NYU Langone Hospital – Brooklyn has opened a new unit specialising in the diagnosis and treatment of epilepsy, which is considered to be the fourth most common neurological illness in the US.
This illness is newly diagnosed in over two million individuals annually in the country.
NYU Langone Health Department of Neurology director of clinical trials and head of the epilepsy programme in Brooklyn Blanca Vazquez said: “The need for epilepsy care in the community is immense. To facilitate access at NYU Langone Hospital – Brooklyn we have opened a dedicated epilepsy monitoring unit.”
Besides being equipped with diagnostic and digital video monitoring technology, the unit complements the hospital’s newly renovated neurology suite. As admission and procedures can be scheduled in advance, it is made more convenient for patients and their families.
Vazquez said: “The various forms of epilepsy usually stem from uncontrolled electrical activity in the brain. Many things can trigger seizures in an epilepsy patient, including fever, alcohol withdrawal, or sleep deprivation. Epilepsy can have a genetic component, and can result from malformations of development, brain trauma, tumors, infections, dementia, or stroke.”
Besides epileptologists, the unit team also includes neuropsychologists, psychiatrists, neurosurgeons, specially trained nurses and nurse practitioners, dieticians, physical, occupational and speech therapists, social workers, imaging technologists, and researchers.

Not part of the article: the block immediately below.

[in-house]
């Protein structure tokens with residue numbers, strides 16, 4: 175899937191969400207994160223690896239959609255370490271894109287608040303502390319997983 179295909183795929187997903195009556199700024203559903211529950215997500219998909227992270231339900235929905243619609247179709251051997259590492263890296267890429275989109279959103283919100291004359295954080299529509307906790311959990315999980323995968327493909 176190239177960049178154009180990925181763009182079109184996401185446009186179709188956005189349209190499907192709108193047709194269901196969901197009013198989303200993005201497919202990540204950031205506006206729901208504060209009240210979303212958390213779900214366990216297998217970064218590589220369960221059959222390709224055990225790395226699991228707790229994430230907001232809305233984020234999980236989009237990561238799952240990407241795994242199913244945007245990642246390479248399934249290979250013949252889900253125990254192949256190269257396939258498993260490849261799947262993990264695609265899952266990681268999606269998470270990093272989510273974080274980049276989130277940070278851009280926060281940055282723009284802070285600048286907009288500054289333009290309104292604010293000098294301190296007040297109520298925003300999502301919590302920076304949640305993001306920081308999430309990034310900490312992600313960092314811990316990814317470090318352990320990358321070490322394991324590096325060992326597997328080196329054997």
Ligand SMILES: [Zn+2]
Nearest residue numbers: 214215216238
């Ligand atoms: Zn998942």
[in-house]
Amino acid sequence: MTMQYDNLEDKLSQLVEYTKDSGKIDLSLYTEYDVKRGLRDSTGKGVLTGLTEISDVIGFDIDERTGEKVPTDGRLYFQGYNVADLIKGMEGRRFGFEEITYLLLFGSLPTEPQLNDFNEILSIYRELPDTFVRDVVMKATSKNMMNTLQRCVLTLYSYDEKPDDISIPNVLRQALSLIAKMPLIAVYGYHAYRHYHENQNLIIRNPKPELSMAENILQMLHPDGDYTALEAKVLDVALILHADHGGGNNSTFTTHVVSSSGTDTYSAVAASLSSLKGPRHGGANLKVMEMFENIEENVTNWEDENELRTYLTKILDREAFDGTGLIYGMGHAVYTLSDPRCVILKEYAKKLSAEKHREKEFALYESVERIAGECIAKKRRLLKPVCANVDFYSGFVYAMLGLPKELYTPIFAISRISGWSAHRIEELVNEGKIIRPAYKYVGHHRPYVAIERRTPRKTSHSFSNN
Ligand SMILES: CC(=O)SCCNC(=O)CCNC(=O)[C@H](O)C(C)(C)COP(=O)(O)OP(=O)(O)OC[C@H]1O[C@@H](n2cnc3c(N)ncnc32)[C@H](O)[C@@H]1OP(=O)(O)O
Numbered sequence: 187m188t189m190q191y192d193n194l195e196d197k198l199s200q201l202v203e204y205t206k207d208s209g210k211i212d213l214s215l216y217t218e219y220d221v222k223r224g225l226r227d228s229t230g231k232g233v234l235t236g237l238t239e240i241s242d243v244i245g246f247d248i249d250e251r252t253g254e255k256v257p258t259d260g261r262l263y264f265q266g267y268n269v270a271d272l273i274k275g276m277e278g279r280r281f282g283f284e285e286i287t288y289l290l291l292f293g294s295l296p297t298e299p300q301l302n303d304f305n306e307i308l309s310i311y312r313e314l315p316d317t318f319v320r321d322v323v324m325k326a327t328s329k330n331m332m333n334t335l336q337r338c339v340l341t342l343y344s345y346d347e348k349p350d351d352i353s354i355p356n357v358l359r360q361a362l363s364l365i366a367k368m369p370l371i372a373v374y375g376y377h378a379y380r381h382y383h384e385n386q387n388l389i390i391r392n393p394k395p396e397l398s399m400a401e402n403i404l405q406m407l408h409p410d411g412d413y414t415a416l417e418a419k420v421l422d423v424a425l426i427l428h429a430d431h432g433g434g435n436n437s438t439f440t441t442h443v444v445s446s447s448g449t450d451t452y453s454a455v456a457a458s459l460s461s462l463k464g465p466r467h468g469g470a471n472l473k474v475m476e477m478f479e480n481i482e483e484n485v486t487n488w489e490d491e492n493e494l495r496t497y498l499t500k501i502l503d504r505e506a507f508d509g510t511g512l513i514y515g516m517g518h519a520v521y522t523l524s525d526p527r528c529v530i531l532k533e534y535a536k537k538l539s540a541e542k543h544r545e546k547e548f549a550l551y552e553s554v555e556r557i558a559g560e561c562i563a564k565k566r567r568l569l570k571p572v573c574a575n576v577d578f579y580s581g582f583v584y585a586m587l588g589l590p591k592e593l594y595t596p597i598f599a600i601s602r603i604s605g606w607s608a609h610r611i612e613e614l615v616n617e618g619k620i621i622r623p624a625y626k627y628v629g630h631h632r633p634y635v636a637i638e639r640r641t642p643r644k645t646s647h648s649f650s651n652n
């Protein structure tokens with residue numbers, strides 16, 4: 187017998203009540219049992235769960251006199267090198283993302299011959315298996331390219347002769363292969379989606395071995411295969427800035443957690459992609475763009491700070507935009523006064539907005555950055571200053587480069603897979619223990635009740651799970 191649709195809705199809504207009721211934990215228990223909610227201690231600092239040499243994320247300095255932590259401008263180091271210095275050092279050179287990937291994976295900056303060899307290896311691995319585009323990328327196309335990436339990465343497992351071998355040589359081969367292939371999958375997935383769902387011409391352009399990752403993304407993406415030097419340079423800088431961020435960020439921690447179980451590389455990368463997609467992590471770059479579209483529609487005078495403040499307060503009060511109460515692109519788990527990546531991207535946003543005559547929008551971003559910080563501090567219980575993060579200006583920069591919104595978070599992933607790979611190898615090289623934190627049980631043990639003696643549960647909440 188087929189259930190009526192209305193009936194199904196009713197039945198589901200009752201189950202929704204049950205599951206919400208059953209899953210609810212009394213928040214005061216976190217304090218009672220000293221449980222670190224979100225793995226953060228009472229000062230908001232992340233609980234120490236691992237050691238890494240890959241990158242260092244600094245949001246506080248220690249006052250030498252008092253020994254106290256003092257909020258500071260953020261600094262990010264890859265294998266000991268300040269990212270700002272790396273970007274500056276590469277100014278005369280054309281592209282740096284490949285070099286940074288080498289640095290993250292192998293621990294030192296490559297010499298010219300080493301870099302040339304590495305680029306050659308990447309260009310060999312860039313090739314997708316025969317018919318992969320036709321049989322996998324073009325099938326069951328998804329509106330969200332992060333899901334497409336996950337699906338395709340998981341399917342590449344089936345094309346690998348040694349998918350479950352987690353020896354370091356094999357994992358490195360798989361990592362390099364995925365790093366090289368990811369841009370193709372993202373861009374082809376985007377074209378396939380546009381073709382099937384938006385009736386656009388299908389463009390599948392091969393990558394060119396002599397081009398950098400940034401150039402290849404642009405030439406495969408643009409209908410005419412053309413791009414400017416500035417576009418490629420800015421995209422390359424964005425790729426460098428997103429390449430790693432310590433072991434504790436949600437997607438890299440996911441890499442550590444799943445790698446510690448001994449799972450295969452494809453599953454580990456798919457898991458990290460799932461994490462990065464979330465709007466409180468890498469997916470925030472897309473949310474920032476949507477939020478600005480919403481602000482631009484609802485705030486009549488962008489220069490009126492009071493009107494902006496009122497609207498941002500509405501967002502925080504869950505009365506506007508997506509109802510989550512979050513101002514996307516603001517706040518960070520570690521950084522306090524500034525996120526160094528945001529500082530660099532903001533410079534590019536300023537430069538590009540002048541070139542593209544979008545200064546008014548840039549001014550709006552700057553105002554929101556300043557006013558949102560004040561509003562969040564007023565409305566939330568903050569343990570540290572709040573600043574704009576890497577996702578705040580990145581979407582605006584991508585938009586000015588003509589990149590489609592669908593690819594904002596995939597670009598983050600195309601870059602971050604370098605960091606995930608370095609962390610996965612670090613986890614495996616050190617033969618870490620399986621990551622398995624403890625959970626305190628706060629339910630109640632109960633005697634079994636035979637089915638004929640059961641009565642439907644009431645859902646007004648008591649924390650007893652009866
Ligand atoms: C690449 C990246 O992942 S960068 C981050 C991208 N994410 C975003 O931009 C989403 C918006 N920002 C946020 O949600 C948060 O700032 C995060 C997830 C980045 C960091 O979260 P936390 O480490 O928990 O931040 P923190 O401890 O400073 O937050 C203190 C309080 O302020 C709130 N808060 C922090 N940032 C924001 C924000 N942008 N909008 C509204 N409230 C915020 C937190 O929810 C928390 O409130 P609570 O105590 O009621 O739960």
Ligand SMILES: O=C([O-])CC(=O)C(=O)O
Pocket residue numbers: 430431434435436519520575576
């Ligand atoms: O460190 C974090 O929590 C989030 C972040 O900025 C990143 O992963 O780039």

The team collaborates with those at NYU Langone’s Comprehensive Epilepsy Center in Manhattan, so that patients can be transferred if they need surgery or other more specialised procedures.
When a patient does not get a desired seizure control even after trying three different epileptic drugs on an outpatient basis, a hospital stay is usually recommended so that administration of a single drug or a combination of drugs can be monitored.
The unit’s video capabilities enable staff to monitor for any proof of seizure activity that can aid in pinpointing the exact kind of seizure, and which part of the brain is involved.
Further, brain mapping on the unit helps find the source of seizures to protect areas of the brain involving movement, speech, vision and memory.
Though uncontrolled shaking is the most common symptom with epilepsy, in several cases there are no overt signs.
Vasquez added: “These are the most challenging cases. Patients can be misdiagnosed and treated inappropriately. Establishing a definitive diagnosis is critical to the successful management of epilepsy.”